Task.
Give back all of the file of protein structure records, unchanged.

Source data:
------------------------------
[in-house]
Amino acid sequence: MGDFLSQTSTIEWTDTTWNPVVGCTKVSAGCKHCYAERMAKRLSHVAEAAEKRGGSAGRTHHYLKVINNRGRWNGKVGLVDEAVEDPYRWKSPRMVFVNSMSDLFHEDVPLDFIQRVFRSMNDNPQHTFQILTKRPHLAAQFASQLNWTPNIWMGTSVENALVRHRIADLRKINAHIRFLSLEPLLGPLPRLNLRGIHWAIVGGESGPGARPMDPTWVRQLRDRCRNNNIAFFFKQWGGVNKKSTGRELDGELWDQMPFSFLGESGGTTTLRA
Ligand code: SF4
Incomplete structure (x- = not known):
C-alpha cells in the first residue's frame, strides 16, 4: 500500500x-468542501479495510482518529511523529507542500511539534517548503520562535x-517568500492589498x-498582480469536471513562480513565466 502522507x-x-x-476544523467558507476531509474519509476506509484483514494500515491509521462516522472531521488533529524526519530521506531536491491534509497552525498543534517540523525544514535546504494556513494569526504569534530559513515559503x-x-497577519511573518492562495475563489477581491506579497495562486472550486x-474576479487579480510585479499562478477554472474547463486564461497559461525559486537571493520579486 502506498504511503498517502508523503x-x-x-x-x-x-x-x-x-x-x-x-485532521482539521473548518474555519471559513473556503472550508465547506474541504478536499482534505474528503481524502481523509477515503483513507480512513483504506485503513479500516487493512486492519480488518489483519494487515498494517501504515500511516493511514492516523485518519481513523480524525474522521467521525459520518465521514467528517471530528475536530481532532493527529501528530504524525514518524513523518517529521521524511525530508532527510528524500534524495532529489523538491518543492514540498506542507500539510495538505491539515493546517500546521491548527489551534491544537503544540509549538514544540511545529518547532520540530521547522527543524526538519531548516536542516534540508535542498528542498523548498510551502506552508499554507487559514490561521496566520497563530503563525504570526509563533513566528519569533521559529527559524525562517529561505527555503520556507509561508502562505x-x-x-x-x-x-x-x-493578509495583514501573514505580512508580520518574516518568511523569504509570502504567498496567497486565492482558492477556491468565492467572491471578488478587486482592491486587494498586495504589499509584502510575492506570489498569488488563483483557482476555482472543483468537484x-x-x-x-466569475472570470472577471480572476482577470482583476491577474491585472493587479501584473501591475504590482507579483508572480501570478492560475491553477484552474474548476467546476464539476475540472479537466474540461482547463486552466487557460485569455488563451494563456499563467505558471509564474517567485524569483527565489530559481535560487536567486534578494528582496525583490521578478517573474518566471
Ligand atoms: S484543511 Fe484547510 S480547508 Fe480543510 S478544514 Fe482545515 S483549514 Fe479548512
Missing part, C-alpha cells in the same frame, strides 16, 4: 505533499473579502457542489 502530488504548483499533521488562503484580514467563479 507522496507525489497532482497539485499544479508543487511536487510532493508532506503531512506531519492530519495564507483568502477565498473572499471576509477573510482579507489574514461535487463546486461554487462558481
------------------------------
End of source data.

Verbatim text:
[in-house]
Amino acid sequence: MGDFLSQTSTIEWTDTTWNPVVGCTKVSAGCKHCYAERMAKRLSHVAEAAEKRGGSAGRTHHYLKVINNRGRWNGKVGLVDEAVEDPYRWKSPRMVFVNSMSDLFHEDVPLDFIQRVFRSMNDNPQHTFQILTKRPHLAAQFASQLNWTPNIWMGTSVENALVRHRIADLRKINAHIRFLSLEPLLGPLPRLNLRGIHWAIVGGESGPGARPMDPTWVRQLRDRCRNNNIAFFFKQWGGVNKKSTGRELDGELWDQMPFSFLGESGGTTTLRA
Ligand code: SF4
Incomplete structure (x- = not known):
C-alpha cells in the first residue's frame, strides 16, 4: 500500500x-468542501479495510482518529511523529507542500511539534517548503520562535x-517568500492589498x-498582480469536471513562480513565466 502522507x-x-x-476544523467558507476531509474519509476506509484483514494500515491509521462516522472531521488533529524526519530521506531536491491534509497552525498543534517540523525544514535546504494556513494569526504569534530559513515559503x-x-497577519511573518492562495475563489477581491506579497495562486472550486x-474576479487579480510585479499562478477554472474547463486564461497559461525559486537571493520579486 502506498504511503498517502508523503x-x-x-x-x-x-x-x-x-x-x-x-485532521482539521473548518474555519471559513473556503472550508465547506474541504478536499482534505474528503481524502481523509477515503483513507480512513483504506485503513479500516487493512486492519480488518489483519494487515498494517501504515500511516493511514492516523485518519481513523480524525474522521467521525459520518465521514467528517471530528475536530481532532493527529501528530504524525514518524513523518517529521521524511525530508532527510528524500534524495532529489523538491518543492514540498506542507500539510495538505491539515493546517500546521491548527489551534491544537503544540509549538514544540511545529518547532520540530521547522527543524526538519531548516536542516534540508535542498528542498523548498510551502506552508499554507487559514490561521496566520497563530503563525504570526509563533513566528519569533521559529527559524525562517529561505527555503520556507509561508502562505x-x-x-x-x-x-x-x-493578509495583514501573514505580512508580520518574516518568511523569504509570502504567498496567497486565492482558492477556491468565492467572491471578488478587486482592491486587494498586495504589499509584502510575492506570489498569488488563483483557482476555482472543483468537484x-x-x-x-466569475472570470472577471480572476482577470482583476491577474491585472493587479501584473501591475504590482507579483508572480501570478492560475491553477484552474474548476467546476464539476475540472479537466474540461482547463486552466487557460485569455488563451494563456499563467505558471509564474517567485524569483527565489530559481535560487536567486534578494528582496525583490521578478517573474518566471
Ligand atoms: S484543511 Fe484547510 S480547508 Fe480543510 S478544514 Fe482545515 S483549514 Fe479548512
Missing part, C-alpha cells in the same frame, strides 16, 4: 505533499473579502457542489 502530488504548483499533521488562503484580514467563479 507522496507525489497532482497539485499544479508543487511536487510532493508532506503531512506531519492530519495564507483568502477565498473572499471576509477573510482579507489574514461535487463546486461554487462558481